This Day (No Better Than a Negro Edition)

Rotunda and Lawn at the University of Virginia, ca. 1875 (Valentine Richmond History Center, Cook Collection)
Charles BonnycastleGeorge Wythe Randolph, ca. 1866 (Museum of the Confederacy)
On this day in 1838, two University of Virginia students, Franklin English and Madison McAfee, were attempting to disperse a group of free blacks when they were approached by Fielding, a slave owned by the English-born mathematics professor Charles Bonnycastle. What happened next was the subject of some dispute.
On March 2, all the relevant parties, plus a few witnesses, were asked to testify before a committee of faculty—well, all the relevant parties except for Fielding. For his part, Bonnycastle stated that the young men administered his slave “a severe and inhuman beating,” and that when he intervened “for the purpose of preventing his servant from being murdered,” he too was beaten.
Others told a different story, one that emphasized Fielding’s insolence. For instance, a witness reported that a student struck the slave several times with his fists and with a hickory cane, both while Fielding was standing and then after he had fallen down. According to the testimony, “Fielding begged—was then suffered to get up and depart—in doing so he picked up a stone, motioned to strike with it and was again insolent.”
At some point, Bonnycastle arrived on the scene and “caught McAfee by the collar of the coat—and said something which witness did not distinctly hear—to which McAfee replied in a loud voice—’Madison McAfee from Mississippi’—and ‘that any man who would protect a negro as much in the wrong as Fielding is no better than a negro himself.'”
Another witness complained that Bonnycastle did nothing to stop Fielding’s insolence, and for that reason an assault on the professor was justified. Thomas Jefferson‘s grandson, George Wythe Randolph, was there. He testified to said insolence and stated that “he had little doubt, that if Mr. Bonnycastle’s manner of interference had been different, the matter might have been easily put a stop to.”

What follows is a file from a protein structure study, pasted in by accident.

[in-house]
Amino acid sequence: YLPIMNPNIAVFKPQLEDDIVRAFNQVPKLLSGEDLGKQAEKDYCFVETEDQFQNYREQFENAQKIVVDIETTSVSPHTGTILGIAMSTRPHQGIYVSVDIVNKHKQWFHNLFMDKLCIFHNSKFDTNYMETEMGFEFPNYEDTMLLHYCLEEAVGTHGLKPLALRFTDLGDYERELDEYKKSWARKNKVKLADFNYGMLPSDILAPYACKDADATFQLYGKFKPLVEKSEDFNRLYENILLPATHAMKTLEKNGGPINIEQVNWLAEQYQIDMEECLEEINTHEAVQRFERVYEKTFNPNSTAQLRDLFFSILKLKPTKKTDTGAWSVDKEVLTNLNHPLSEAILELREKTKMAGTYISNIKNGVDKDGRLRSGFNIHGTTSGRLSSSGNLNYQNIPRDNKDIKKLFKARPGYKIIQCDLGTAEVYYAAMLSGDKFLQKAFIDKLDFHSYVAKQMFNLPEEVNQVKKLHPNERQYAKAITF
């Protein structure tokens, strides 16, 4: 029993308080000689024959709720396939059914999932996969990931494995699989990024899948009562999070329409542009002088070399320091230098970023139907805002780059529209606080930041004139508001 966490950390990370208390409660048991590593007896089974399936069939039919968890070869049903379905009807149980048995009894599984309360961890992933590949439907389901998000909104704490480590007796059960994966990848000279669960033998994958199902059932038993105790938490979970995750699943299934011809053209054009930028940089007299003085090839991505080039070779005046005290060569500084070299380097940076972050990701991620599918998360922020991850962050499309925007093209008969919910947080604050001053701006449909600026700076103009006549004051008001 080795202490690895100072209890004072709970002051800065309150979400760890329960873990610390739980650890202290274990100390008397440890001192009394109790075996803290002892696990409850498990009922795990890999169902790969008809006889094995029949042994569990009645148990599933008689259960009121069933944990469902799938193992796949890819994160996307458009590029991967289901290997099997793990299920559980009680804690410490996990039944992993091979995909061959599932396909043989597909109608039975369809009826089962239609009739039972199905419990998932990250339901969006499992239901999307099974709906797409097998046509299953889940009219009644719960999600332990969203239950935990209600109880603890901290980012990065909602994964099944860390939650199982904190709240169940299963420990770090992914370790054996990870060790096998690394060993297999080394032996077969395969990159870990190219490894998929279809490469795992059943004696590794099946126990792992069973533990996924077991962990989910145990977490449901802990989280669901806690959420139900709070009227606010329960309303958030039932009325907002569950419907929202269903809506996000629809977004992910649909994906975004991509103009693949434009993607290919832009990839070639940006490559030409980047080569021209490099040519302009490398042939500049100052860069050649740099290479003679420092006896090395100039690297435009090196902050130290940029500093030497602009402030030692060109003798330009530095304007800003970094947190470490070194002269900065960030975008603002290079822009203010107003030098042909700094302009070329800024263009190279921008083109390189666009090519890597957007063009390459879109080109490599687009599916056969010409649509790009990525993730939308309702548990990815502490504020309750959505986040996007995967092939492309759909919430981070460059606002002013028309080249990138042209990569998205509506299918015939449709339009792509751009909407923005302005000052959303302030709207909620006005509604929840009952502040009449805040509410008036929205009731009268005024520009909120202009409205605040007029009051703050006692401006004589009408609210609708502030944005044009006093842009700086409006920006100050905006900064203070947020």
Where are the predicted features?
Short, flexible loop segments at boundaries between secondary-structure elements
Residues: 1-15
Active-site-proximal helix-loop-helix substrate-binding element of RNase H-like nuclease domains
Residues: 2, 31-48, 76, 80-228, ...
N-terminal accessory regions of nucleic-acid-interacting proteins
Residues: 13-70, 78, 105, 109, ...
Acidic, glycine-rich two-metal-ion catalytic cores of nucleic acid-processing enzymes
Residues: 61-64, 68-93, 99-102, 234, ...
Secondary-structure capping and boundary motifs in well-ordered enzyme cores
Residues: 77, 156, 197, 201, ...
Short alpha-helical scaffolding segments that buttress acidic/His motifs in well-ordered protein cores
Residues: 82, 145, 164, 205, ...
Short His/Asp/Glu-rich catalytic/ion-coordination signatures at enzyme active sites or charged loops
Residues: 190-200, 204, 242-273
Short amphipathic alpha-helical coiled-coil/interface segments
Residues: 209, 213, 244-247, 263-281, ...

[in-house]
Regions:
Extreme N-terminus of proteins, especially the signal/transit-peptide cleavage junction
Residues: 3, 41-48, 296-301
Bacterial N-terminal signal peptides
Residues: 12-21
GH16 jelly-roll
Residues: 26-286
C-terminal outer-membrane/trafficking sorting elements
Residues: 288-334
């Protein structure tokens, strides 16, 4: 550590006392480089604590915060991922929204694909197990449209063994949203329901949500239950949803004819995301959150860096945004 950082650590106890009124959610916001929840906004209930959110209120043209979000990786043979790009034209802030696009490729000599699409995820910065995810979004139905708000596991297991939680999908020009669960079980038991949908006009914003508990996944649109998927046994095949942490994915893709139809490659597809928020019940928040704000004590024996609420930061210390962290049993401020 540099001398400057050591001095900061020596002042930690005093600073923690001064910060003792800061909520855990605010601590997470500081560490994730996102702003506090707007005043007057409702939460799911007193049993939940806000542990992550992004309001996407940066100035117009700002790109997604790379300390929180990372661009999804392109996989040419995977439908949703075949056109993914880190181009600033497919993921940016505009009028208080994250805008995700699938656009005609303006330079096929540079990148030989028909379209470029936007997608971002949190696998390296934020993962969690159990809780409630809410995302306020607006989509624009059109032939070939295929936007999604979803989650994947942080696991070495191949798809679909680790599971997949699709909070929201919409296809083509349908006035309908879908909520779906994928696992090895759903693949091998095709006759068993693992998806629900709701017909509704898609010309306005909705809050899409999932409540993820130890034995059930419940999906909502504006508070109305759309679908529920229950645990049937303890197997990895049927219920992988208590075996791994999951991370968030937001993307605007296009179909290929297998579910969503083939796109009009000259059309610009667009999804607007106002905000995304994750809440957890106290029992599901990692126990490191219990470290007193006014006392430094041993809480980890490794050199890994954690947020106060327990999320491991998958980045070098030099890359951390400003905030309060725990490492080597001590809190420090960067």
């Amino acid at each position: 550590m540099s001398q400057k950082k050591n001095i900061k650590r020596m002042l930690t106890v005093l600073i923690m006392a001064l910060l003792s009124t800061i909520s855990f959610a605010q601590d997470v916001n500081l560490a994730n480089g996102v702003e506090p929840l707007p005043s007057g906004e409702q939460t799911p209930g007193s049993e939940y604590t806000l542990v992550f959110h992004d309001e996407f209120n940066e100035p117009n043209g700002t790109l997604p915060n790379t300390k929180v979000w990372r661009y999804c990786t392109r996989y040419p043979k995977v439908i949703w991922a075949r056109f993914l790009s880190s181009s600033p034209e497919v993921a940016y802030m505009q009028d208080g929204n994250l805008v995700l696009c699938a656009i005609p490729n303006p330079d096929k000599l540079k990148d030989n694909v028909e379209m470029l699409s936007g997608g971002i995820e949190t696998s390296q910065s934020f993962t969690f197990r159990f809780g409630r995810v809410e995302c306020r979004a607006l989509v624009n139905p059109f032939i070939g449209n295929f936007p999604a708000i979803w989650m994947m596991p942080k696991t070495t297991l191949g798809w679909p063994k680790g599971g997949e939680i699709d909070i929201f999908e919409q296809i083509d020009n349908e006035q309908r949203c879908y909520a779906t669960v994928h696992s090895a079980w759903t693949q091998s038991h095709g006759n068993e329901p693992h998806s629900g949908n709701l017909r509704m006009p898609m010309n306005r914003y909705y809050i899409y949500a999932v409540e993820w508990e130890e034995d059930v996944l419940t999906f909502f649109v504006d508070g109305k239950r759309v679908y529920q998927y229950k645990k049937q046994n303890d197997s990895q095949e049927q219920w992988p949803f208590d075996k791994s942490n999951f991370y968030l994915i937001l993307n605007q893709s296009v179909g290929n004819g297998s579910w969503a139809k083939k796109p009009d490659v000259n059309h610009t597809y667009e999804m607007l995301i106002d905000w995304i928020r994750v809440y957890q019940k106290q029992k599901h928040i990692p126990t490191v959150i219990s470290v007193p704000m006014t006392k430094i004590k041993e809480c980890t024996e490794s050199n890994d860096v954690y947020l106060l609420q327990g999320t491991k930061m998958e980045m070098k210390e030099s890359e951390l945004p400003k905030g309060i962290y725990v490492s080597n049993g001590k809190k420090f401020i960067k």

In this instance, blaming the victims worked.

The Faculty having deliberately considered the evidence in this case are unanimously of the opinion, that the alledged outrage against Mr. Bonnycastles servant ought to be left of the cognizance of the Courts.—And they are further unanimously of opinion, that under the peculiar circumstances of this case, no action can be taken by them against Messrs. English and McAfee for disrespect to Mr. Bonnycastle.

The professor died in 1840, at which point no action, civil or otherwise, had been taken against the students. According to an obituary notice in the Southern Literary Messenger, “Mr. Bonnycastle was a close student; and, perhaps, his devotion to study led to a premature death. He took very little exercise, studied in an unhealthy posture, and until a late hour of the night.”
No mention of any toll the attack might have taken.
PS: Our entry on slavery at the University of Virginia will be published in the next week is published now.
IMAGES: Rotunda and Lawn at the University of Virginia, ca. 1875 (Valentine Richmond History Center, Cook Collection); Charles Bonnycastle; George Wythe Randolph, ca. 1866 (Museum of the Confederacy)


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